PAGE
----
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A Buyer's Guide to Sugar Substitutes

The good, the bad and the unacceptable.

According to a recent survey, seven out of 10 adults say they want to reduce or avoid added sugars. To do so, they’re turning to sweeteners that deliver zero or minimal calories. Data from Mintel, a market research group in Chicago, shows that while sales of caloric sweeteners like sugar have been declining in recent years, sales of “diet”-friendly substitutes have skyrocketed, increasing by about 50 percent from 2000 to 2006. And since 66 percent of Americans are overweight and 20.8 million have diabetes, even many health experts are advocating the use of these sugar substitutes.

 

Bittersweet History

Interest in no-calorie sweeteners isn’t new. Saccharin, the first, premiered in 1879. Its slightly bitter taste and poor performance in the kitchen didn’t bother people with diabetes or dieters: they now could enjoy sweets. Unfortunately, after the safety testing of food additives was federally mandated in 1958, saccharin was shown to cause cancer in animals. In 1977, the U.S. Food and Drug Administration (FDA) proposed to ban it. But public outcry kept it on the market, albeit with a newly mandated health warning. In 2000, the National Toxicology Program concluded that saccharin did not increase cancer risk in humans and Congress revoked the rule requiring the disclaimer.

“The public should feel confident that any approved sweetener is truly safe and has been closely scrutinized,” says Manfred Kroger, Ph.D., professor emeritus of food science at Penn State. And most food scientists agree.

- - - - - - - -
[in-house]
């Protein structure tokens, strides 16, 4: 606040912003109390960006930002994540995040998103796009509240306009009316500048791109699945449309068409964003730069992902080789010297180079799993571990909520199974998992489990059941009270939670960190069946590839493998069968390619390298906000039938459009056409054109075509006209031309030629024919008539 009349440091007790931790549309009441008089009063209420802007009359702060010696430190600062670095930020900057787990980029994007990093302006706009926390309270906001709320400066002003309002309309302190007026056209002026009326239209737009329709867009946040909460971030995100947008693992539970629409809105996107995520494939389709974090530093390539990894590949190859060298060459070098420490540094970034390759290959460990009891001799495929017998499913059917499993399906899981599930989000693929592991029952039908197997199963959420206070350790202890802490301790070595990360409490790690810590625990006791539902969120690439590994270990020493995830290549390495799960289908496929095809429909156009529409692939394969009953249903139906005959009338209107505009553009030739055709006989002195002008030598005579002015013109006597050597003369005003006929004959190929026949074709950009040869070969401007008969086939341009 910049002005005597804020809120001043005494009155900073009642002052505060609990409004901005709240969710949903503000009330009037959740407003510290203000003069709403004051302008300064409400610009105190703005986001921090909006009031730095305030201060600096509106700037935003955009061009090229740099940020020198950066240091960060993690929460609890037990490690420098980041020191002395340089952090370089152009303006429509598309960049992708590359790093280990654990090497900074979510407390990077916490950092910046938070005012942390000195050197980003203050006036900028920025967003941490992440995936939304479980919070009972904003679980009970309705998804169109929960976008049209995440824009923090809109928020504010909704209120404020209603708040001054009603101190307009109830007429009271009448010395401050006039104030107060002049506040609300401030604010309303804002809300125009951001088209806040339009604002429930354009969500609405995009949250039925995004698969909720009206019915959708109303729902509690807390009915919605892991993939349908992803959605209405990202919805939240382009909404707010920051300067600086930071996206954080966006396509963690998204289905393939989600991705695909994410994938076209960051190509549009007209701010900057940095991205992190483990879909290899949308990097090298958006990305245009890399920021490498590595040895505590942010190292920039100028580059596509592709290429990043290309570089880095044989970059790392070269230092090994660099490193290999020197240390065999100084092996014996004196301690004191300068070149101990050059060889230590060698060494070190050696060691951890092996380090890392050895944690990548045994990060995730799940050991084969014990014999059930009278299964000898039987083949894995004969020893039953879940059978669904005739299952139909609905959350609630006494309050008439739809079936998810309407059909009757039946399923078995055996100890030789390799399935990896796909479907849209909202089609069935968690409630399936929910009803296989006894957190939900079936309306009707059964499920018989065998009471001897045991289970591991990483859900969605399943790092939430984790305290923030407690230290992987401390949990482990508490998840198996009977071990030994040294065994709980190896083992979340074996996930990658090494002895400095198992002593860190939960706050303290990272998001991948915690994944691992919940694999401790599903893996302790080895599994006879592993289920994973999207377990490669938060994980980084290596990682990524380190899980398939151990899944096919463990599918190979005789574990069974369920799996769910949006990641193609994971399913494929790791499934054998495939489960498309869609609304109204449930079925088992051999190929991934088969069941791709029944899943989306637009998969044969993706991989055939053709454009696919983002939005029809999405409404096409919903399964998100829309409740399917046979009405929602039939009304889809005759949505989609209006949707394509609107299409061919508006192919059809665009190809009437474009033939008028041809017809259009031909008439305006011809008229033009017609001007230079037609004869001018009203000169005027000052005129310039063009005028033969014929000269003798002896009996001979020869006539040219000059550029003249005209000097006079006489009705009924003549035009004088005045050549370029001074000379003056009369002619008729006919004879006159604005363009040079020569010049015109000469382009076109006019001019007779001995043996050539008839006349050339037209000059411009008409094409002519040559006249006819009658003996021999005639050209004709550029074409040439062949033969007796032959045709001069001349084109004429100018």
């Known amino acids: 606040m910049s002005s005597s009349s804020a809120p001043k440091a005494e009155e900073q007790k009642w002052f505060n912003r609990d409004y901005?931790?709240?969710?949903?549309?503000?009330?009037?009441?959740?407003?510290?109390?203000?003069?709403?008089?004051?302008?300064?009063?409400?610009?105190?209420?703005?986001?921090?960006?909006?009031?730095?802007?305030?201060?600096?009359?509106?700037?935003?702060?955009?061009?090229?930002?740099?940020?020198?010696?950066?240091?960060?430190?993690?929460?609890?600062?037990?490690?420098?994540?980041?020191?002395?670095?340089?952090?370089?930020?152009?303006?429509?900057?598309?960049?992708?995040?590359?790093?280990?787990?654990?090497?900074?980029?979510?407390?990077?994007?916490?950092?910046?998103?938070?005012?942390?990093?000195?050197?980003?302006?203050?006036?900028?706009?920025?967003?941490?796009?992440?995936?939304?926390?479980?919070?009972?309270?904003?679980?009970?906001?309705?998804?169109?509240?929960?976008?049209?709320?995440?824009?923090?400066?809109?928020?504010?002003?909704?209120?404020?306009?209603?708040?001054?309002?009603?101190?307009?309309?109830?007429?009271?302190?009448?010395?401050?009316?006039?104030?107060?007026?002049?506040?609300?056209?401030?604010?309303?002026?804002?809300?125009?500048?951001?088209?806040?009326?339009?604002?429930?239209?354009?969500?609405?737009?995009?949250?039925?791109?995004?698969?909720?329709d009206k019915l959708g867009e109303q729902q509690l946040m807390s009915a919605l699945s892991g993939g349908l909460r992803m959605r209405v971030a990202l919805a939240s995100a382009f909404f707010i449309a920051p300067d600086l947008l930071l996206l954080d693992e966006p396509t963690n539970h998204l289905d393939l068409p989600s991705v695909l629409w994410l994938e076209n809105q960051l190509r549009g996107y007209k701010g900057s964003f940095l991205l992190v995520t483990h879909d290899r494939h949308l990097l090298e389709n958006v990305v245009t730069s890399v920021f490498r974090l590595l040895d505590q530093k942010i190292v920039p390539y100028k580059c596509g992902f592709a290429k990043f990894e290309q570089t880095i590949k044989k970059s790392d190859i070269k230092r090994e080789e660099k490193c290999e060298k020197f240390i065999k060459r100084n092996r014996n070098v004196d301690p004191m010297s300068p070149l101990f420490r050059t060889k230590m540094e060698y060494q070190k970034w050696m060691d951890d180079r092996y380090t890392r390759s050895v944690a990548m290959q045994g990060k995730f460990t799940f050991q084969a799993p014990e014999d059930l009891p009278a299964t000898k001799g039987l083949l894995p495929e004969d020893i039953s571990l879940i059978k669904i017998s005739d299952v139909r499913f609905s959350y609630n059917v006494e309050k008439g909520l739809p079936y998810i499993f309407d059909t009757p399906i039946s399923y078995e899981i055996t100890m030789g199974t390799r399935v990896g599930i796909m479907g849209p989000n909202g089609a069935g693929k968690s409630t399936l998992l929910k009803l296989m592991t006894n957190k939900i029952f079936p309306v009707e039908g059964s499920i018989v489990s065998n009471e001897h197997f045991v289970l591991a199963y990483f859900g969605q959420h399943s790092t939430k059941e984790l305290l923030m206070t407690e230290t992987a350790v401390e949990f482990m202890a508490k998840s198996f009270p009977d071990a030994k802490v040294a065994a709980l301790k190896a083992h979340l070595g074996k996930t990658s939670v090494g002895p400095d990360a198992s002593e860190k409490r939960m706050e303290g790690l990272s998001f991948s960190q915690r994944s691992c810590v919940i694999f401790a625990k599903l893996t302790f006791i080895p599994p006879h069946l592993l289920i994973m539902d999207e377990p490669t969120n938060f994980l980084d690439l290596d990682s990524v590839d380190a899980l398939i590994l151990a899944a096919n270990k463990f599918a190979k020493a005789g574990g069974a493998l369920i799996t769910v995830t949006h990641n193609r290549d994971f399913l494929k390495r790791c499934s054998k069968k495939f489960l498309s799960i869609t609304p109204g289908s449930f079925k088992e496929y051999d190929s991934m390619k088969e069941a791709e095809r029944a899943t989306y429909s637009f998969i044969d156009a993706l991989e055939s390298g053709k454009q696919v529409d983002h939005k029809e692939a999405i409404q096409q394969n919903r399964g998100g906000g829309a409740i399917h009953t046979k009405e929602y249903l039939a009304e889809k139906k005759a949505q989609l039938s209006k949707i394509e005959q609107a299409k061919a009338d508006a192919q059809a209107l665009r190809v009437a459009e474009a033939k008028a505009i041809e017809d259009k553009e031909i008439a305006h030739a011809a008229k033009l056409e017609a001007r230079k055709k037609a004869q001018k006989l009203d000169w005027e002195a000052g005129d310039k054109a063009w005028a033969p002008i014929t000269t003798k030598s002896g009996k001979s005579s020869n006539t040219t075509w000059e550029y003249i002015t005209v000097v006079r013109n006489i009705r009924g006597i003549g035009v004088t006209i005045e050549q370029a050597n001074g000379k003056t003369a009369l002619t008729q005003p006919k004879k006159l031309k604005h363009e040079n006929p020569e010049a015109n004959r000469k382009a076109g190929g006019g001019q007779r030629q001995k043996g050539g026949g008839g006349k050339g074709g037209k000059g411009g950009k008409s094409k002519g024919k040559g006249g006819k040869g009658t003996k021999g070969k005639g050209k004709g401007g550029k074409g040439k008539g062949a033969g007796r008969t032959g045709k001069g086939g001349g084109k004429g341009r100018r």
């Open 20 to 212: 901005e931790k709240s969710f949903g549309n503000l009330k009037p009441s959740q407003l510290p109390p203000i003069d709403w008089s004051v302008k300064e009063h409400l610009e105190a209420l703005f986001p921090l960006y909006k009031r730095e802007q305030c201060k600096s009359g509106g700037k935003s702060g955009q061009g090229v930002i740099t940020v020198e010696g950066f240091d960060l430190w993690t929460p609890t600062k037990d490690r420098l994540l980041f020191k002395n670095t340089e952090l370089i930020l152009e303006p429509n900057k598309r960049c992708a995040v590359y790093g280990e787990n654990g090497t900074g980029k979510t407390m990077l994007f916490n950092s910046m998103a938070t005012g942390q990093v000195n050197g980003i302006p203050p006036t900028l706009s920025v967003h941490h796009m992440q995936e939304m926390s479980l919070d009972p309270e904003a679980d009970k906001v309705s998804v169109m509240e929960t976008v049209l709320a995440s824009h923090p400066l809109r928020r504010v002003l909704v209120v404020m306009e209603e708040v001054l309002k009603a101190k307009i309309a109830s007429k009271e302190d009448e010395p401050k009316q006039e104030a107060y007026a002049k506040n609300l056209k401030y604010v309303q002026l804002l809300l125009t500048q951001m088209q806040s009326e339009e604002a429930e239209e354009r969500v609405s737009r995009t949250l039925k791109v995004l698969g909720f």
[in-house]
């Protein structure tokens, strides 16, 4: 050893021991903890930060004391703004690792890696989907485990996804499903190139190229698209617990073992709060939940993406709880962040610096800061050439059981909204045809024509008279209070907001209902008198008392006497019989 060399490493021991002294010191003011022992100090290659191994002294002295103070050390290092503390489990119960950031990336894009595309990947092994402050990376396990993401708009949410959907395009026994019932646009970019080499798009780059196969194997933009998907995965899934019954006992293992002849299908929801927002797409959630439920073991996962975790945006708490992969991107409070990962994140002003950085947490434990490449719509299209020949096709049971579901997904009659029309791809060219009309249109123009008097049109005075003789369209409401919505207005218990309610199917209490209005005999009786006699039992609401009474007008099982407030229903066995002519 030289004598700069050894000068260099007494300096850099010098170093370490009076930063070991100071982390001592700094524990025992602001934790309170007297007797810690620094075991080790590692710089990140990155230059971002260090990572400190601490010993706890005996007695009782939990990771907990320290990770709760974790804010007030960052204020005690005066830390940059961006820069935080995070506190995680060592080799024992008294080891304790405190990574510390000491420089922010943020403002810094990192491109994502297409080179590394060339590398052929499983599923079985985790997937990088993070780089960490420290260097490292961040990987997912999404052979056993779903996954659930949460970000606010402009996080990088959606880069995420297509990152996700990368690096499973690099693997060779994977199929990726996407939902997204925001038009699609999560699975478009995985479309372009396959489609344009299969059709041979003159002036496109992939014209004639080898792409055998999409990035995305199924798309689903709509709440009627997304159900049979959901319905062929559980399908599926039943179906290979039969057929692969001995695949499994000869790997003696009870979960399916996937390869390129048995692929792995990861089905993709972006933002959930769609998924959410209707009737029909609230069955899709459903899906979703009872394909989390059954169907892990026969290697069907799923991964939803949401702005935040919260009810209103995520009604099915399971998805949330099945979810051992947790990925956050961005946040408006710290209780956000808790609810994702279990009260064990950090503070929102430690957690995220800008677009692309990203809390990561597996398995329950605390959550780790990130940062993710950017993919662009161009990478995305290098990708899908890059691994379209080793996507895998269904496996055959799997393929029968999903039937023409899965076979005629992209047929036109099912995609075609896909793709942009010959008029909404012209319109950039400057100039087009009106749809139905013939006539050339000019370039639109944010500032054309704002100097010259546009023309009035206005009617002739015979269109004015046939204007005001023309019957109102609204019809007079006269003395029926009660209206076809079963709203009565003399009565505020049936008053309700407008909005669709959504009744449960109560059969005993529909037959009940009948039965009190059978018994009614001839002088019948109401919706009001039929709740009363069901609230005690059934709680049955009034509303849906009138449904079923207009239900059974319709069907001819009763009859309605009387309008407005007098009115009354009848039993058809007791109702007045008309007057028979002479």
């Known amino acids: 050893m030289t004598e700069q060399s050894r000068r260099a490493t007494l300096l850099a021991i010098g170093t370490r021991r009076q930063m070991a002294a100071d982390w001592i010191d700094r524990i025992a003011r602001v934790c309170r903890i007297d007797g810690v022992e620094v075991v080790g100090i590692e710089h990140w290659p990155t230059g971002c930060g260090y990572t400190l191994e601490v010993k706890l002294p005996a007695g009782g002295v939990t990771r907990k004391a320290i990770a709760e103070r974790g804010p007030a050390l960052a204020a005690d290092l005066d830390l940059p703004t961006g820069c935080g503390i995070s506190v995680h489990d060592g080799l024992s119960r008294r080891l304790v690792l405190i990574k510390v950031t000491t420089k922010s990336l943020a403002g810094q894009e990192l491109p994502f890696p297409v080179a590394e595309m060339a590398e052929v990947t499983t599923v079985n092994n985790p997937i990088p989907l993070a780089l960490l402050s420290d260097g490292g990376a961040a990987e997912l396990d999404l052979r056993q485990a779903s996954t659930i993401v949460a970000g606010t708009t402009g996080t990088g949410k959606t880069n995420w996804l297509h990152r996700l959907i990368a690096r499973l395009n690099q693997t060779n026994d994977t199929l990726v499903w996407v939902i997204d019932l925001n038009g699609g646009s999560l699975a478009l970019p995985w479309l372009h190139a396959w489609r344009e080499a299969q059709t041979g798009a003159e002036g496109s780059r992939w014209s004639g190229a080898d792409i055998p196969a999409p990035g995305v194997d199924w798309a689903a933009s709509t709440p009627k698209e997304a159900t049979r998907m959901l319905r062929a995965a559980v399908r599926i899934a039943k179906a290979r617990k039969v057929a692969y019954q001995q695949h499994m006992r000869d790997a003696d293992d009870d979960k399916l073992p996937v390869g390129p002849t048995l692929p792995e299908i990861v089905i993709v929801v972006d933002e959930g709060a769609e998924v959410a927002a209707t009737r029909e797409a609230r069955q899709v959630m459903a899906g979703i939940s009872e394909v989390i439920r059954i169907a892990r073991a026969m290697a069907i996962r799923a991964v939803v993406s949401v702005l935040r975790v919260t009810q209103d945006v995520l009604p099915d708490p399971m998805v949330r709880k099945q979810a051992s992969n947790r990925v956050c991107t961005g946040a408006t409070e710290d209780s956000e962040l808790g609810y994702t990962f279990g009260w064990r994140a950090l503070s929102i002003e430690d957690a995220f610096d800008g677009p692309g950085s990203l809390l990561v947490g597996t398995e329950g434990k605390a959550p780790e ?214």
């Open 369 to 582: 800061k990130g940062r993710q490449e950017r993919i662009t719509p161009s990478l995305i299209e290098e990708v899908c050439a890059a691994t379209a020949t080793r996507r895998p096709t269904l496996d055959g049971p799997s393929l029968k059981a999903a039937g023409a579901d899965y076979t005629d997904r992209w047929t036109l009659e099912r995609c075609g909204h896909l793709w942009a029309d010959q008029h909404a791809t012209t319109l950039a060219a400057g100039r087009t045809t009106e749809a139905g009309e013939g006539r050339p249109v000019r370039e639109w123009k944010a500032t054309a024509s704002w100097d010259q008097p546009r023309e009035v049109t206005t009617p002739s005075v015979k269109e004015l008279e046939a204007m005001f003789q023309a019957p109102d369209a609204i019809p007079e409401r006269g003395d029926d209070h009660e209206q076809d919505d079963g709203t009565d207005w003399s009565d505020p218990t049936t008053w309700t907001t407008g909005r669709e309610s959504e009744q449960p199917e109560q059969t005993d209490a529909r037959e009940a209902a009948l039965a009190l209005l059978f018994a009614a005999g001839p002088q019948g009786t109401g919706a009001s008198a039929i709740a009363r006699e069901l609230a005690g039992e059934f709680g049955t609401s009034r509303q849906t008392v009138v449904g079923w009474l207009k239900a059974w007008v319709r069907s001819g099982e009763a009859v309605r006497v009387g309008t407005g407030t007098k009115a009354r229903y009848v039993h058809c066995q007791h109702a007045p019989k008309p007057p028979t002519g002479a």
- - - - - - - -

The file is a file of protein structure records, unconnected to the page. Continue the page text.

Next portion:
But the saccharin-cancer connection has left many skeptical of artificial sweeteners. Some public health advocates say that the FDA’s food-additive approval process—in which an ingredient’s manufacturer is responsible for demonstrating its safety—is biased and too lax. For years, the Center for Science in the Public Interest (CSPI), a Washington, D.C.-based consumer watchdog group, has advised consumers to avoid saccharin, Ace-K, an artificial sweetener approved by the FDA in 1998, and even aspartame, after a 2007 study in the journal Environmental Health Perspectives showed increased incidence of cancer in rats with long-term exposure to it. However, a recent review of aspartame in Critical Reviews in Toxicology concludes that there is no evidence to support its association with cancer.

And, despite CSPI’s warnings, its executive director, Michael Jacobson, acknowledges, “The risk that any individual will develop cancer as a consequence of consuming aspartame is very low. But when millions of people are routinely consuming [a variety of ingredients that may pose a slight risk], the overall risk of cancer may become very significant.”

The Reassuring Scoop

Sucralose, the newest artificial sweetener, hasn’t raised red flags with CSPI. And those wary of anything “artificial” now can choose from several “natural” options: xylitol and erythritol, sugar alcohols long used in foods marketed to people with diabetes.

But safe doesn’t necessarily mean tasty—or even acceptable. How do these sweet substitutes stack up? We put some of the most popular ones to the test (in beverages and “sugar” cookies).

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